That right there is true game initiative and exploring not only the environment but actual social environment. I really did hate how games gave you a good and bad choice and gave points for either when in morality and ethics you can still have a long term goal that is good but by doing something sketchy to accomplish it.
@Darkangel2154 The ends justify the means, heehee.
Most modern games start from the assumption gamers are dumb/lazy and want/need to be told exactly what to do next for 12 boring hours. The only real challenge is to endure such a repetitive slog for that long. Chris Avellone's projects begin with a different premise: gamers are smarter than average and enjoy a chance to match their wits against the game. Those are the kinds of "hard" games I enjoy, not just dying a lot. They are in the games I reinstall years later to try out a totally different character. I enjoyed Fallout 1/2 because of the interesting quests, the story, and the dark humor. I also enjoyed Fallout 3 and New Vegas for the same reasons. Isometric turn-based whatever is irrelevant for me.
@cratecruncher Yep...it's all about the depth.
You really have to give turn-based gameplay a try if you haven't already.
Yeah I don't prefer it to real-time, but in a game like this it's preferable and comes with its own entire range of benefits and delights and it's own brand of satisfying victories.
Just remember that Pokémon is and always has been turn-based, and that wasn't so bad, right? ;)
Looking forward to a real WRPG since we've been getting little more than kiddy romance simulators and casual mountain walking simulators pretending to be RPGs.
@Bellum_Sacrum those casual simulators can thankfully, however, be turned into straight hardcore rpg greatness due to their mod-friendly accessibility.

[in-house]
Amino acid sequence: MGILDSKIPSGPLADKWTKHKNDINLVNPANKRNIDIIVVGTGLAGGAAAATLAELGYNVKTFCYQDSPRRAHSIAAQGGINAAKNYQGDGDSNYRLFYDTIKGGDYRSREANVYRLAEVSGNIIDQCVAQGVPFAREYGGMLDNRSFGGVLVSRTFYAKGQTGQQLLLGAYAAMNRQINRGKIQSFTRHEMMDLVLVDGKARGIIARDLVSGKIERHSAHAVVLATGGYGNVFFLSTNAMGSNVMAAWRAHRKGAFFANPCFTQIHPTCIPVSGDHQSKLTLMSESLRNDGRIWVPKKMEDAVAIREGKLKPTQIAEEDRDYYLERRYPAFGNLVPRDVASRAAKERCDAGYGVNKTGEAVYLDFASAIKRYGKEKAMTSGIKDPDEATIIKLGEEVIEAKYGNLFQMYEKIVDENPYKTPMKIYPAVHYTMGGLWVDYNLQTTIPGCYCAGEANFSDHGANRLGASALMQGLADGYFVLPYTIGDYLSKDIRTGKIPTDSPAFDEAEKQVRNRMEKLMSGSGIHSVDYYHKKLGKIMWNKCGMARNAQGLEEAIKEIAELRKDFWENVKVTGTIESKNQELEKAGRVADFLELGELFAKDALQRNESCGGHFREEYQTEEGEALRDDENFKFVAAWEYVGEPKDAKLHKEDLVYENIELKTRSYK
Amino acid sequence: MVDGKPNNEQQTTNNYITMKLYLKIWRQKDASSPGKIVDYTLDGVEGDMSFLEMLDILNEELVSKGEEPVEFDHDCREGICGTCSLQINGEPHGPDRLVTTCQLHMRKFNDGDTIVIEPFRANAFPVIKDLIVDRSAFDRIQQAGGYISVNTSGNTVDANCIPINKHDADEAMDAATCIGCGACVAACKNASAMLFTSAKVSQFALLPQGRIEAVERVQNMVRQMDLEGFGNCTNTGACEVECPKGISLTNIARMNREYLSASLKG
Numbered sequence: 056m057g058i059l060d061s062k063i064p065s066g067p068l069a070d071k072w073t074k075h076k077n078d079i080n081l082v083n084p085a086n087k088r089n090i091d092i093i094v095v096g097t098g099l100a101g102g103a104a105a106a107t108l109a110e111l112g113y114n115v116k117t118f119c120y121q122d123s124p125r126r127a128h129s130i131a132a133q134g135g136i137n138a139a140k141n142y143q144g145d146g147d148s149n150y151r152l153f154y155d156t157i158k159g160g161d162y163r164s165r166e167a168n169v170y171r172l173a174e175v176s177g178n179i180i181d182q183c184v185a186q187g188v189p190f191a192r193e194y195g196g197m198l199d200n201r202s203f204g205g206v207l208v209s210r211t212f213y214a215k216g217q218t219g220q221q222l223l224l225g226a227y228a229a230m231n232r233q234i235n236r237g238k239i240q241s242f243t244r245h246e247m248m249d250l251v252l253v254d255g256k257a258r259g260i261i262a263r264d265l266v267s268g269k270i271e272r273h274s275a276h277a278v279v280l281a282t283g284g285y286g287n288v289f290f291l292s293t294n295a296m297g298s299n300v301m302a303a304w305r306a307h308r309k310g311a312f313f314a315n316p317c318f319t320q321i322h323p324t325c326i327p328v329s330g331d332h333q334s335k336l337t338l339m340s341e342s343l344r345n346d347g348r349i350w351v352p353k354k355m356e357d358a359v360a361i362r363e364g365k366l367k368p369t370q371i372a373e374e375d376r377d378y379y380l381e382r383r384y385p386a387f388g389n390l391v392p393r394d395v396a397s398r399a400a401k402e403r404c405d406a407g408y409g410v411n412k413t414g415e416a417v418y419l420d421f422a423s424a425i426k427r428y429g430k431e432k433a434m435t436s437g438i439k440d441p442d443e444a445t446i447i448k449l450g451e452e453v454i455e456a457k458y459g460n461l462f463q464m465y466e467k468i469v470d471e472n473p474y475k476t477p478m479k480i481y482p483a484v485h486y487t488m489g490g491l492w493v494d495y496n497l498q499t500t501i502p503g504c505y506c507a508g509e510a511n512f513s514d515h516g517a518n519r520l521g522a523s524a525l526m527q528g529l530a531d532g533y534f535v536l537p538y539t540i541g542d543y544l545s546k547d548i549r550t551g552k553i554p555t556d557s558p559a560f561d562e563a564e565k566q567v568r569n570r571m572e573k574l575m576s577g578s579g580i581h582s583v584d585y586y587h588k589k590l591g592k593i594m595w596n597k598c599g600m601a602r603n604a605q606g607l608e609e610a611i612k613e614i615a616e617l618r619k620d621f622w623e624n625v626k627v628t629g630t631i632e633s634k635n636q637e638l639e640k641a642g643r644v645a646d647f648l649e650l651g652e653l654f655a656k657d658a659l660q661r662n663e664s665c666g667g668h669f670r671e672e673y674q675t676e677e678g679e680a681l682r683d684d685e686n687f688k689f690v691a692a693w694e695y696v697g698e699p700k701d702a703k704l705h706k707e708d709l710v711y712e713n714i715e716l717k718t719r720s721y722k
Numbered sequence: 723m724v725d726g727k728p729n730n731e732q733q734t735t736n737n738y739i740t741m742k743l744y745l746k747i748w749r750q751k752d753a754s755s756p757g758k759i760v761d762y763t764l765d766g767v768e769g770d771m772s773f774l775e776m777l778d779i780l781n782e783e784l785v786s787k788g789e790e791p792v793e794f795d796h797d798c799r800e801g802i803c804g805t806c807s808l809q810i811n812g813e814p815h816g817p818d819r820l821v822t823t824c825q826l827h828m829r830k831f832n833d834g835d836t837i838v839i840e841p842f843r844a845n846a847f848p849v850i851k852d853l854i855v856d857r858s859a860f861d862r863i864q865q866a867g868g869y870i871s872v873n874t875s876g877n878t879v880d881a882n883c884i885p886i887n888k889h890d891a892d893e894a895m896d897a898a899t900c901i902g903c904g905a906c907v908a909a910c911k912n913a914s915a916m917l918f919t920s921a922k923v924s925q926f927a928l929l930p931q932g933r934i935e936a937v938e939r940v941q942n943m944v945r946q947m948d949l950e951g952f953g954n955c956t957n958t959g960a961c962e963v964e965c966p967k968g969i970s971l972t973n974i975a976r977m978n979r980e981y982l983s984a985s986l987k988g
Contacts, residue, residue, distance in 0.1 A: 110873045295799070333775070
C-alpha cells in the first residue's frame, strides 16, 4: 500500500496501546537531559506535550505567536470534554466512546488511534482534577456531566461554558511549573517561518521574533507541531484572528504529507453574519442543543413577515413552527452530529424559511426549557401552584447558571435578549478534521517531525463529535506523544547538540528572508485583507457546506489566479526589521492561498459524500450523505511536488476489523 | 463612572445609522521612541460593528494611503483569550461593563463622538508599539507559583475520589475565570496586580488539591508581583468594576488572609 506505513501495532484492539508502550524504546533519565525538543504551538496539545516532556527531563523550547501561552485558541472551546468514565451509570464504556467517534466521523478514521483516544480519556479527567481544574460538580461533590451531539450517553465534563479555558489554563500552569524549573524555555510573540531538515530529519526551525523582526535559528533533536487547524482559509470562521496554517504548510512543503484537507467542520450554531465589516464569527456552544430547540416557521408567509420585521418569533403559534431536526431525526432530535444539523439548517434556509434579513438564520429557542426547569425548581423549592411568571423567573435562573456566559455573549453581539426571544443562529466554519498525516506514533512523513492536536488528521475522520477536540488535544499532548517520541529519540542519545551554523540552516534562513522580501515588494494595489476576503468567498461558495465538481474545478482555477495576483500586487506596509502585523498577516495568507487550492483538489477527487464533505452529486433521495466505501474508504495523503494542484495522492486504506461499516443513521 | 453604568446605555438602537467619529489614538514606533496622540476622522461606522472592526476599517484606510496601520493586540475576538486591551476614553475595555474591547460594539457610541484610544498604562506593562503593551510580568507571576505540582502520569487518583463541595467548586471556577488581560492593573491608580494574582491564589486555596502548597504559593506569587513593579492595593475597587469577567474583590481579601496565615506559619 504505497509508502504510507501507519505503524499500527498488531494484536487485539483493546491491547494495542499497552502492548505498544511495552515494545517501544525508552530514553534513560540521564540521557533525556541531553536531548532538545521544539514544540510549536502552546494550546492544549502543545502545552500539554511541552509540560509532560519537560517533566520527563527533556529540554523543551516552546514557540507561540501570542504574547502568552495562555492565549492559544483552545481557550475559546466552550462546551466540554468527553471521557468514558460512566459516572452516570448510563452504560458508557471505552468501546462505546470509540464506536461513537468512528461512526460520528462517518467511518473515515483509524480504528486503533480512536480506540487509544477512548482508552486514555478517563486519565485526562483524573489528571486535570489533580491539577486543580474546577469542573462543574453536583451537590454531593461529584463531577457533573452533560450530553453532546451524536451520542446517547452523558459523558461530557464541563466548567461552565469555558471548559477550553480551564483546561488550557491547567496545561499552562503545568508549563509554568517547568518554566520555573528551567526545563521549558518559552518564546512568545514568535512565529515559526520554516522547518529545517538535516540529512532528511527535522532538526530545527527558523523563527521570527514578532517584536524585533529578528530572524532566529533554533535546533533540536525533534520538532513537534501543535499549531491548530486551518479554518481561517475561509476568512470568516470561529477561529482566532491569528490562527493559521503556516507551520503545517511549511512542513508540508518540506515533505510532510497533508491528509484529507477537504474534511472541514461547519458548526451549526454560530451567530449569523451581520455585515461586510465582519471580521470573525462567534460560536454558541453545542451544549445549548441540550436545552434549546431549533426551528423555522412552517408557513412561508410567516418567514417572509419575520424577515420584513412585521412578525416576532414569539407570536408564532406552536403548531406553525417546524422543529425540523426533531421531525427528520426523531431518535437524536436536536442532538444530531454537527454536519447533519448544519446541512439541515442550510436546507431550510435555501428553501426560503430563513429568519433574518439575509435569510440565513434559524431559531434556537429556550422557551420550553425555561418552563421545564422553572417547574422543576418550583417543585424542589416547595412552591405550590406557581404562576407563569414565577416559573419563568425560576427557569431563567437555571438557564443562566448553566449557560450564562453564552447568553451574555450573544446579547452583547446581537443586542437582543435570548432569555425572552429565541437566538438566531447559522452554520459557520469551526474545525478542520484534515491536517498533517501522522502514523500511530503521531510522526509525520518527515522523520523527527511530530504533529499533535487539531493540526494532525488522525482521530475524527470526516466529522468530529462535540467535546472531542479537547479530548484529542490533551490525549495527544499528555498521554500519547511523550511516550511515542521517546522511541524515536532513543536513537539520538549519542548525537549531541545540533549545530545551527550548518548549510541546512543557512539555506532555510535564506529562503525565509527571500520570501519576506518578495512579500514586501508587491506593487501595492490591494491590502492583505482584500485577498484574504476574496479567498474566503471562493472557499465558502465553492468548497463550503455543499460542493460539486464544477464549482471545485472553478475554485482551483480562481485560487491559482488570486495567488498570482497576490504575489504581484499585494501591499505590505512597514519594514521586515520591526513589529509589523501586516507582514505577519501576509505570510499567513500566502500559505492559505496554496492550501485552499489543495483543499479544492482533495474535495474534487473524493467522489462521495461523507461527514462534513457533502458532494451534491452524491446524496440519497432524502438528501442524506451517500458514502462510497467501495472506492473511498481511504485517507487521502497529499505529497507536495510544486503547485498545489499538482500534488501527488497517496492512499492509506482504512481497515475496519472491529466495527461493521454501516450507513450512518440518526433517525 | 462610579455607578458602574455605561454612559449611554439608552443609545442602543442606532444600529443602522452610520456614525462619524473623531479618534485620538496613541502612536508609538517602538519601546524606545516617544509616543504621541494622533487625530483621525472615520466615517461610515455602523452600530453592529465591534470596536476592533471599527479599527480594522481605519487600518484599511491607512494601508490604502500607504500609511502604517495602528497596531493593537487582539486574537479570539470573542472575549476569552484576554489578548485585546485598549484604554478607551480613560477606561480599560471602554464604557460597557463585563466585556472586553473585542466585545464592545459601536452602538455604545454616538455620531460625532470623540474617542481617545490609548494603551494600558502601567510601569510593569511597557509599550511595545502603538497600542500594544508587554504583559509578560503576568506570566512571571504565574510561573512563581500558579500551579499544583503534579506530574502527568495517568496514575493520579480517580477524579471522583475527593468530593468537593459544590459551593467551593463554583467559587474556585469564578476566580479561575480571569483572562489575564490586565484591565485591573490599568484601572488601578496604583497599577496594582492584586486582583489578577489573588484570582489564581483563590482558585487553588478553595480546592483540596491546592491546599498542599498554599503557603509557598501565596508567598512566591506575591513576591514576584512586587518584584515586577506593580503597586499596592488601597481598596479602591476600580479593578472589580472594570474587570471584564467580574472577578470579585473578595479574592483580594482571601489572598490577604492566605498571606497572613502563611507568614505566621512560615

as well, due to their inherent nature those same simulators can be somewhat fixed and also transformed by the implementation of self-imposed rules and restrictions.
@udubdawgz1 I'll buy that they can be turned into better simulators than they are, but 'RPG greatness' ?? gtfo
@udubdawgz1 A game like Skyrim, say, is so screwed up at it's core, there's only so much you can do with it.
@packtop Exactly what the backers wanted.
@ilayoeli First/second week of September.
Did we travel back in time? This looks like a game from the past and i was expecting something like Fallout NV LOL
@Metalnoid go and wait for your dragon age or something and never come back.
@Metalnoid "Did we travel back in time?" capriciously asks the dude with a 43 year old movie reference for an avatar.........
@Metalnoid You are in the wrong part of town kiddo
@Metalnoid No we didn't travel back in time. This is the daddy of Fallout..for which Fallout wouldn't exist if not for Wasteland.
Pretty much the same as King's Bounty that was the father of Heroes of Might and Magic.
"No! The player is incredibly stupid. We must hold their hand at all times. We have to tell them what to do and make every NPC essential because they might kill them and get confused as to why the NPC didn't respawn and wonder why they lost a quest"- Bethesda.